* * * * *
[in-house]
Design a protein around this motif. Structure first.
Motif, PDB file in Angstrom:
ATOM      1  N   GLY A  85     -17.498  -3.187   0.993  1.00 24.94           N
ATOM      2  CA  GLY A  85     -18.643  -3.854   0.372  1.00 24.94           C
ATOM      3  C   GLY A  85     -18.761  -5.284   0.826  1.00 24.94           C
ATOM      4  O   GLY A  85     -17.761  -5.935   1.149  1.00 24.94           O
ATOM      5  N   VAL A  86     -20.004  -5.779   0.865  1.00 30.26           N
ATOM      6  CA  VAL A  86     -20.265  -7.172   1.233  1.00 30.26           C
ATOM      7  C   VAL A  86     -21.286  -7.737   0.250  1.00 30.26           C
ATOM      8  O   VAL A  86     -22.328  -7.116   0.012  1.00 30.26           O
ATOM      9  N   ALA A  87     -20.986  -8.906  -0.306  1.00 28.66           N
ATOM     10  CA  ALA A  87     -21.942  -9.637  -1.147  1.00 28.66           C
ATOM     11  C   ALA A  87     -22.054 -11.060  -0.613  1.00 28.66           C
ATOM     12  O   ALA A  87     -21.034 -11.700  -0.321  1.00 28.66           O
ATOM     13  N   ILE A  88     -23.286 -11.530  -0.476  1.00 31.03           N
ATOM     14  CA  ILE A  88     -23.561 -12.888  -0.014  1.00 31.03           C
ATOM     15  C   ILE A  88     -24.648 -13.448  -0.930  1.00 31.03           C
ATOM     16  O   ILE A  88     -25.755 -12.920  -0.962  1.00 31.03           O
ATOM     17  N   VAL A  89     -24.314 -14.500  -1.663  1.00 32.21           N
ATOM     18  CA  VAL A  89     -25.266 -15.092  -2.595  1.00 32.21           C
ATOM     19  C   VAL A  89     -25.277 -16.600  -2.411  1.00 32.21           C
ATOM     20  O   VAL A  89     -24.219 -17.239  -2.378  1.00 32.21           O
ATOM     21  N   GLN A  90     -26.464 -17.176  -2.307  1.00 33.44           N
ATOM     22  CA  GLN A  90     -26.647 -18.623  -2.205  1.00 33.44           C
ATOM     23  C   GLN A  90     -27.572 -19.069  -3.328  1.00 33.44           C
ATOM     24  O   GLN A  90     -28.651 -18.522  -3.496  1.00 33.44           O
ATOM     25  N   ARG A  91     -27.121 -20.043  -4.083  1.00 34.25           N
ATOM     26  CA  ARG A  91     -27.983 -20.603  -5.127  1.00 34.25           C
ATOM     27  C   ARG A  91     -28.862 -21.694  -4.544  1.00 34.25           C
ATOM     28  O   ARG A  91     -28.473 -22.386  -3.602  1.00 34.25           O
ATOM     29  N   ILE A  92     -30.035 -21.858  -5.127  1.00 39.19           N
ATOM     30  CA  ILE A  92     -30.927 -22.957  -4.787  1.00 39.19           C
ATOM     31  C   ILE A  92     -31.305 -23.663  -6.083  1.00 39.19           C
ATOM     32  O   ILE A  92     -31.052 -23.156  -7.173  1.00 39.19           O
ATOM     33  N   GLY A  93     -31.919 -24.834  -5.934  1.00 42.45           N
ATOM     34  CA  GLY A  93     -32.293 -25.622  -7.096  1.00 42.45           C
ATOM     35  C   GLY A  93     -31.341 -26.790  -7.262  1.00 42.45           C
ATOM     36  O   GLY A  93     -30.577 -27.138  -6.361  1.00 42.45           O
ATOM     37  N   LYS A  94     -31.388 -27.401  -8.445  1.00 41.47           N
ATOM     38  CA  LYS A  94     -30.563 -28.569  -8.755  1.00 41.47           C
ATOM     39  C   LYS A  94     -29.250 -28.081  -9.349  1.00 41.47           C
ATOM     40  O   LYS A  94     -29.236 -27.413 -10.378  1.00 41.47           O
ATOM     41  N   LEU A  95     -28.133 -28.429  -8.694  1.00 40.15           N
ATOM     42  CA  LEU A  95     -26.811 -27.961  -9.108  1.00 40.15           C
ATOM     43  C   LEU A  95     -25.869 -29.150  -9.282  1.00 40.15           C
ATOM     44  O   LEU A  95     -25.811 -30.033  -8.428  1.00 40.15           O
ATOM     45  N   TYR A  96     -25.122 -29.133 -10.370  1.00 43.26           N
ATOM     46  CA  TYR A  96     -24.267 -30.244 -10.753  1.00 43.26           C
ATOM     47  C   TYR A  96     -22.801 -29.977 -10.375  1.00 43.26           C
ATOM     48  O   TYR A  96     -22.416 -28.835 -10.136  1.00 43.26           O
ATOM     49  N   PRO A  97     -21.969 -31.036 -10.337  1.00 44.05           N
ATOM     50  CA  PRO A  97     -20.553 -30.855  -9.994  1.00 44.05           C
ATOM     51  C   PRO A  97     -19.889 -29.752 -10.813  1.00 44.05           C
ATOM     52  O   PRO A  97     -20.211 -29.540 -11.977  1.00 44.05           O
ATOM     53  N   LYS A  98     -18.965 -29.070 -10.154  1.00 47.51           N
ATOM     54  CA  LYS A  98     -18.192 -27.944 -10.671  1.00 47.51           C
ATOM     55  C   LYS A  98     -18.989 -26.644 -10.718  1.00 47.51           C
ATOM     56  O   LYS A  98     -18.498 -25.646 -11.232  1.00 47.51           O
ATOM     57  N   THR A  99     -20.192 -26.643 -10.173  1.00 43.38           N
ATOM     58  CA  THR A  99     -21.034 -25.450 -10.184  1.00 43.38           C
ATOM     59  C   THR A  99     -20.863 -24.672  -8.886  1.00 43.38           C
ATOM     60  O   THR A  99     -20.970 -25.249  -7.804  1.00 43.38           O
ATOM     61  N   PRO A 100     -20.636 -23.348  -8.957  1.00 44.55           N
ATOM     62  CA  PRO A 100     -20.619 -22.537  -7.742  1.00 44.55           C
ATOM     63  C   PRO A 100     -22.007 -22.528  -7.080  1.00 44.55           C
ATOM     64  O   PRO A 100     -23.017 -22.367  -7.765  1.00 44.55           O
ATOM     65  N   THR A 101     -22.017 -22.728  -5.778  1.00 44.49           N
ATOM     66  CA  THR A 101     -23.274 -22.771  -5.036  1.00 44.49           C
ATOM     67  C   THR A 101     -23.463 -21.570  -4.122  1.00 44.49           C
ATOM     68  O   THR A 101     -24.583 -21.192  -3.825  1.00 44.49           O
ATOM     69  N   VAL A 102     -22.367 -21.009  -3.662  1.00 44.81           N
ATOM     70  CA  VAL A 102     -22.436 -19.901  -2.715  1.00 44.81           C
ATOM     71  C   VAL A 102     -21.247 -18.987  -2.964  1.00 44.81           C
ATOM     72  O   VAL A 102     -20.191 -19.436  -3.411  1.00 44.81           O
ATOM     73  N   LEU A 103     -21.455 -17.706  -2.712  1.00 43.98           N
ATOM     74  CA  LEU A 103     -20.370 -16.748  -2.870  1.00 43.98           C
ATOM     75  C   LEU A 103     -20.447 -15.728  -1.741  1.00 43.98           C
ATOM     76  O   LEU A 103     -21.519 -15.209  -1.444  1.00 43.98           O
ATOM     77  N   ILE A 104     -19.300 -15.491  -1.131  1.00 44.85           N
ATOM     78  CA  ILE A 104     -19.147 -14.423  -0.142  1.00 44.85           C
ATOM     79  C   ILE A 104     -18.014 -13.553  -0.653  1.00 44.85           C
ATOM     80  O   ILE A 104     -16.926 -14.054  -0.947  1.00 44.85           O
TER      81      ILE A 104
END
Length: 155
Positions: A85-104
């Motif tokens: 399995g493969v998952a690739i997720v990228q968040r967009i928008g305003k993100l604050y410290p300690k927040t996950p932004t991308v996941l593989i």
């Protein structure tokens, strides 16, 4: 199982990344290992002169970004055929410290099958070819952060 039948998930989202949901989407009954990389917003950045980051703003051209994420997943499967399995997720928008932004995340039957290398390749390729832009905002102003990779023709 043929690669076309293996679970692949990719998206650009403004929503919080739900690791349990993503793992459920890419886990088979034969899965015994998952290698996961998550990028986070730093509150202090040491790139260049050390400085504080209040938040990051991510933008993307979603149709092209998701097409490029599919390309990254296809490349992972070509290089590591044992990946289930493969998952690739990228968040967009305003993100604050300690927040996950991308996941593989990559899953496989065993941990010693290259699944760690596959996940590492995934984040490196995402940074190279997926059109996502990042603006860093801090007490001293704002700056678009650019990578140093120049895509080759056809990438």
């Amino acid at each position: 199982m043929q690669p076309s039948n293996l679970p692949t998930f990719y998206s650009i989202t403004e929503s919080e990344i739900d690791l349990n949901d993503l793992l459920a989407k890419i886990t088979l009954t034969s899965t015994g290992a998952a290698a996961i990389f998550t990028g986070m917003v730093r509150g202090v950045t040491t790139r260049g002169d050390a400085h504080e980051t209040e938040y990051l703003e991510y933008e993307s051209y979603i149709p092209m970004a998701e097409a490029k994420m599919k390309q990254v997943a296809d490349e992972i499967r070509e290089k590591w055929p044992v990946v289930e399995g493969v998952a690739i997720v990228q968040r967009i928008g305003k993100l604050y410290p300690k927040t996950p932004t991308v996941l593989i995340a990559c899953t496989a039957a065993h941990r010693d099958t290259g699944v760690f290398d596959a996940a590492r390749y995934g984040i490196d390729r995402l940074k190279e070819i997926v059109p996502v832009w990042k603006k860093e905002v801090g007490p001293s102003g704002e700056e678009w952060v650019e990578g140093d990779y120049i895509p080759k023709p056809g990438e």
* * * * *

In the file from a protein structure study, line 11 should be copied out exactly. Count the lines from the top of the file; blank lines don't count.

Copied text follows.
ATOM      8  O   VAL A  86     -22.328  -7.116   0.012  1.00 30.26           O